9 as you can judge from the names.

10 A. If I'm not mistaken, they're all Serbs and Montenegrins. It's

11 been a long time that I have not seen this document.

12 Q. Now, I'd like to get back to a question that I asked before and I

13 think we need to clarify the answer on that. In your municipality, how

14 many Serbs, Albanians, and Roma were giving there, if you know

15 approximately the relationship in percentage maybe between the different

16 groups?

17 A. Well, I wouldn't be able to give you an exact answer, but I know

18 that about 90 per cent or over 90 per cent were Albanians, and then the

19 rest were Serbs and Roma and so on.

20 Q. Thank you.

21 A. There was a census that was carried out in 1981. I was young at

22 the time, but there was no other census carried out later on.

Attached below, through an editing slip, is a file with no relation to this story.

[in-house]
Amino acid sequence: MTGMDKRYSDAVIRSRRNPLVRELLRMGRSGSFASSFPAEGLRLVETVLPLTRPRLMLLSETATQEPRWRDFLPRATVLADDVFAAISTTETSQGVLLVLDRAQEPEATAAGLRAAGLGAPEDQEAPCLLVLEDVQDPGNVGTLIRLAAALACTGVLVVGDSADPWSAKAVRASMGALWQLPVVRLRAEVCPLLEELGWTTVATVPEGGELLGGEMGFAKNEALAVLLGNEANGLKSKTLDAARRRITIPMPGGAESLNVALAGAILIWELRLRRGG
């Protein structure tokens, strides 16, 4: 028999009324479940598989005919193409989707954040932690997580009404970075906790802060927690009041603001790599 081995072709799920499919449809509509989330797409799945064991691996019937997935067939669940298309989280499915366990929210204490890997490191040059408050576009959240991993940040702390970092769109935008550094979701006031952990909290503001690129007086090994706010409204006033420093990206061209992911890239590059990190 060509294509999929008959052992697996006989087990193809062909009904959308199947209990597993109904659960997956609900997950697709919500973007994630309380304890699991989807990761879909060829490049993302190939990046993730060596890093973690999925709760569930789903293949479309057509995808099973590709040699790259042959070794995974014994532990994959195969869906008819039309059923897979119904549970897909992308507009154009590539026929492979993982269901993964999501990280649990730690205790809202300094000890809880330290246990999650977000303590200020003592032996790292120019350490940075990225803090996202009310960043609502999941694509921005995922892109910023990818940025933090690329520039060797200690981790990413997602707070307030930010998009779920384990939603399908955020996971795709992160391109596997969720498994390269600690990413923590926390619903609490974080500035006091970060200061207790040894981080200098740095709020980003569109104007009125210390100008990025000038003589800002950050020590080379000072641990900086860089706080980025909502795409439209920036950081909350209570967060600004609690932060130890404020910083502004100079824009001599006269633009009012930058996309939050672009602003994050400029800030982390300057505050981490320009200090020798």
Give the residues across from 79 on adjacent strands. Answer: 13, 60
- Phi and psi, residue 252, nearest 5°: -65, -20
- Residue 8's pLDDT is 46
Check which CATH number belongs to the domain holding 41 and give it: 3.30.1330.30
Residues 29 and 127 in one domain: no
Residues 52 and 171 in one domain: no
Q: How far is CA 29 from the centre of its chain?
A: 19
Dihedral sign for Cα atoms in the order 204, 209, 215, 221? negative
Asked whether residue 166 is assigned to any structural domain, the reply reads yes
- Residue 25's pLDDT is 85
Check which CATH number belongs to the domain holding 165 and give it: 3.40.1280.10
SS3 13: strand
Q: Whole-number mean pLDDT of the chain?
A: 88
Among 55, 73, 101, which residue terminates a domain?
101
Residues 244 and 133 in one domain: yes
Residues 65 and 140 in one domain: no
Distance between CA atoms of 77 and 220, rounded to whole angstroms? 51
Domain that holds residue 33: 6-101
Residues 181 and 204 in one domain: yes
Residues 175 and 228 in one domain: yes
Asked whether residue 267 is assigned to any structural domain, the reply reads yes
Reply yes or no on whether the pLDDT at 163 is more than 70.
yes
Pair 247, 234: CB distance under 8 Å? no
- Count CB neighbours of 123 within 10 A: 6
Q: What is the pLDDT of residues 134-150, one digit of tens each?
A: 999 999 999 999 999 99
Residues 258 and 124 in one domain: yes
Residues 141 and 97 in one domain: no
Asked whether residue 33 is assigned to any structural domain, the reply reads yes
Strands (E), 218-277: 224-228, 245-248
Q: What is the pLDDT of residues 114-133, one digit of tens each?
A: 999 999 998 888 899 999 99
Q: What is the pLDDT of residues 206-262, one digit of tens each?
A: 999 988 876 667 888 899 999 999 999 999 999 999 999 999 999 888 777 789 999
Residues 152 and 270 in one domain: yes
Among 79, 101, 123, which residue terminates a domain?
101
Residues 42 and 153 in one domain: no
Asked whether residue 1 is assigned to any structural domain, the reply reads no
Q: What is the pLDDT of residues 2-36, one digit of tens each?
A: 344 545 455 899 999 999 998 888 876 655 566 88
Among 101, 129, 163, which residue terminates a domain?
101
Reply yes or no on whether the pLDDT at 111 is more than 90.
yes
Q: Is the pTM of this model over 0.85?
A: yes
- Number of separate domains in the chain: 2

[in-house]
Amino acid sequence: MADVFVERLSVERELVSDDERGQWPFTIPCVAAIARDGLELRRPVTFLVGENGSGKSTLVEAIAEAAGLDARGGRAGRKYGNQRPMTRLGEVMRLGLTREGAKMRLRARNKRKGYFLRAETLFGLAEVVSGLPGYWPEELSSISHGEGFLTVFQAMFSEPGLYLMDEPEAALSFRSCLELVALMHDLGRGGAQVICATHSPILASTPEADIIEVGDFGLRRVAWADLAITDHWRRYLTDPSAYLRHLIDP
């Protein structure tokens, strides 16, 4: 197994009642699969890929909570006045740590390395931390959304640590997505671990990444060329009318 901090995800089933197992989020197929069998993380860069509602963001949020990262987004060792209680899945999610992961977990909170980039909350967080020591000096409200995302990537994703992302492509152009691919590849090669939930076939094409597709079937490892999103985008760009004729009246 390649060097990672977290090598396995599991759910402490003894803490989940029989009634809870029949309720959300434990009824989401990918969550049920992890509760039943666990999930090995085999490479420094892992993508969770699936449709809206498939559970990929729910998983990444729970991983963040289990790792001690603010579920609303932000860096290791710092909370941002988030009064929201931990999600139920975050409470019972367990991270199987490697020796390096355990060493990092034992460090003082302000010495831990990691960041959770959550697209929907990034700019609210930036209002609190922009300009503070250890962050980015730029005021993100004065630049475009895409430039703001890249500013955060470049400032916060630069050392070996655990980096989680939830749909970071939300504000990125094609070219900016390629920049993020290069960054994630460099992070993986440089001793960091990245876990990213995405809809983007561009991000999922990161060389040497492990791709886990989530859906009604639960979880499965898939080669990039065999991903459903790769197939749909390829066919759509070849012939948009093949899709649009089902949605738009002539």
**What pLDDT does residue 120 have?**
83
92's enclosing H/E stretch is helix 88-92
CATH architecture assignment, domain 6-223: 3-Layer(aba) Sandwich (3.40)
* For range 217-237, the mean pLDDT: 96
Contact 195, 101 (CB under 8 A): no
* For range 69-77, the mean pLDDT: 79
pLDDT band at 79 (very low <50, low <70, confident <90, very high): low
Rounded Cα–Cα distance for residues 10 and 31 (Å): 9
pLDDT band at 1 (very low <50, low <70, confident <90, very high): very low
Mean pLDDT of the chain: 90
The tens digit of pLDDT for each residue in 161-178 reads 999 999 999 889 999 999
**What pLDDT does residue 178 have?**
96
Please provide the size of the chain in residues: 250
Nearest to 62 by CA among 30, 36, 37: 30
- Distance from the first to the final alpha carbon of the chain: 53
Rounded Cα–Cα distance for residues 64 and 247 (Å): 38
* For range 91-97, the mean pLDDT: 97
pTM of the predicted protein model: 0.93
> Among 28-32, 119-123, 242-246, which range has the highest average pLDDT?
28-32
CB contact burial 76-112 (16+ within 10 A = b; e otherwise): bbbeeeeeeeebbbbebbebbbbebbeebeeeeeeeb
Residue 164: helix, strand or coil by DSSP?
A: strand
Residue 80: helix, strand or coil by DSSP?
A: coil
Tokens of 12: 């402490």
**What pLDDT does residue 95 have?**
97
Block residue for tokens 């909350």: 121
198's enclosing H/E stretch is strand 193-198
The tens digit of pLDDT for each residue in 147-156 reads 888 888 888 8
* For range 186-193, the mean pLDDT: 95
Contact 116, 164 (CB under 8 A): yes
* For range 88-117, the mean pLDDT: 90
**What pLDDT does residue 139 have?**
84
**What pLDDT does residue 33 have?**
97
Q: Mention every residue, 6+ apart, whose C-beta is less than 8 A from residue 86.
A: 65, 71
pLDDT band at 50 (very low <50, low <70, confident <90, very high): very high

23 Q. Thank you. Now, I'd like to go back to your statement now and --

24 beginning at page 21 you describe -- you list, essentially, the victims of

25 the convoy massacre on the 2nd of May, 1999. You have described earlier

Page 5083

1 that you carried out investigations of events happening in your

2 municipality. Did you also investigate the second convoy -- the 2nd May

3 massacre?

4 A. I was myself in this convoy on the 2nd of May, but later on I

5 investigated the case, because I wasn't able to see everything while I was

6 in the convoy. So we had to investigate further on later.

7 Q. Of course the events in the convoy and what you experienced there

8 is included in your statement that the Judges have accepted. So that is

9 part of your evidence. The -- did you have somebody -- did you alone